search for justice, we choose to spare additional innocent families the suffering that we have already experienced, as well as to break the endless cycle of violence and retaliation engendered by war.”

After losing her sister in the September 11 attacks, Rockefeller joined the organization. “Although I have always worked for human rights and peace in my own way, it has become a personal struggle for me after losing my sister,” Rockefeller said.

Rockefeller proceeded to give an emotionally jarring talk as she presented slides of her recent trip to Iraq from Jan. 5-14. Rockefeller and a small group of members from Peaceful Tomorrows traveled to Iraq with Voices in the Wilderness, an advocacy group that works to see an end to political sanctions that punish civilians, not the regime.

The United States Government prohibits the travel of U.S. citizens to Iraq; however, the peace seeking-group managed to spend a full five days in Iraq after traveling for 11 days to attain entry into Iraq’s borders.

“We hoped that our delegation would be a sort of symbol to show in the simplest way that although our government doesn’t allow it, we can go to Iraq and talk to Iraqi civilians,” Rockefeller said.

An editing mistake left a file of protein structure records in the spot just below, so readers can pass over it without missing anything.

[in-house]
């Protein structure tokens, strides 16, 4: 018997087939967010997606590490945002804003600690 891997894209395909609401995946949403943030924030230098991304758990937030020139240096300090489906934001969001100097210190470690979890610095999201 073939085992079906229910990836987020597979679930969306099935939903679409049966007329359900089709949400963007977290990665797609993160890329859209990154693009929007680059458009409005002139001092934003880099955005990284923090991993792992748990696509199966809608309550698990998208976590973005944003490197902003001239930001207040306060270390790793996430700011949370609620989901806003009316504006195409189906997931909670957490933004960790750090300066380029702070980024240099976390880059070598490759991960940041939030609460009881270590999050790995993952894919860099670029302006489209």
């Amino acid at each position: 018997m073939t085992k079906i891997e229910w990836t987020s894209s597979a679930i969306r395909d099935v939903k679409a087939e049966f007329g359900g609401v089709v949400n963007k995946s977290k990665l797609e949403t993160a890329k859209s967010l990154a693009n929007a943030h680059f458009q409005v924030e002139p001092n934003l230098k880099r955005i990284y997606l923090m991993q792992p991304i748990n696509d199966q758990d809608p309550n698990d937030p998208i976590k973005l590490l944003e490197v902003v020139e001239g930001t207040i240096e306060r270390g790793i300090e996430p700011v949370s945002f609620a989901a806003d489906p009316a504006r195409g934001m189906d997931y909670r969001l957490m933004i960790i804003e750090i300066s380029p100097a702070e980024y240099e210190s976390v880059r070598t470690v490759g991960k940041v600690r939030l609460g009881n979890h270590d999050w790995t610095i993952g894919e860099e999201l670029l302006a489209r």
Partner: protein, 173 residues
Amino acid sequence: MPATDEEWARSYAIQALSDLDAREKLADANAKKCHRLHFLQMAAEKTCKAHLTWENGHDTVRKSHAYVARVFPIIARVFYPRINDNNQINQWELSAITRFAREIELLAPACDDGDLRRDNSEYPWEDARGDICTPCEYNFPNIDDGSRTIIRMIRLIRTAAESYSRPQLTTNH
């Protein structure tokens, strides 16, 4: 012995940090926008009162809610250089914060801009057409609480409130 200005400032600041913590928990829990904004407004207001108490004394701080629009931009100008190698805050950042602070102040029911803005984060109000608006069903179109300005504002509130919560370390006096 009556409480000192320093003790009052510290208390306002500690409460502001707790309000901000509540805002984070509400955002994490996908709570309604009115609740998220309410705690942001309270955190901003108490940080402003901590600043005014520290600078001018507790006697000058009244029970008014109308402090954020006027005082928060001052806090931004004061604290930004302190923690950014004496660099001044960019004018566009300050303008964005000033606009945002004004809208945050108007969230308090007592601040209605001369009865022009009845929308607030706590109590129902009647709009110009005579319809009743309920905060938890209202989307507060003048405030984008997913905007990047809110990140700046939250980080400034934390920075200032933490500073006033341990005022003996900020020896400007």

Rockefeller met with members of Iraqi families who have already lost loved ones from the missles dropped on the country earlier this year. This, she says, is the reason for her strong commitment to the anti-war protest.

“I’m opposed to this war because I just don’t believe it will end terrorism and I don’t think it is being fought to end terrorism. I’m really not sure why it’s being fought,” Rockefeller said.

Following Rockefeller’s talk was a question and answer session, spurring a dialogue between members of the audience.

The talk gave students such as Anabel Mota ’03 an opportunity to rally behind the anti-war cause. “I am anti-war and I really support the people putting this together. Coming here tonight is my way of showing support,” Mota said.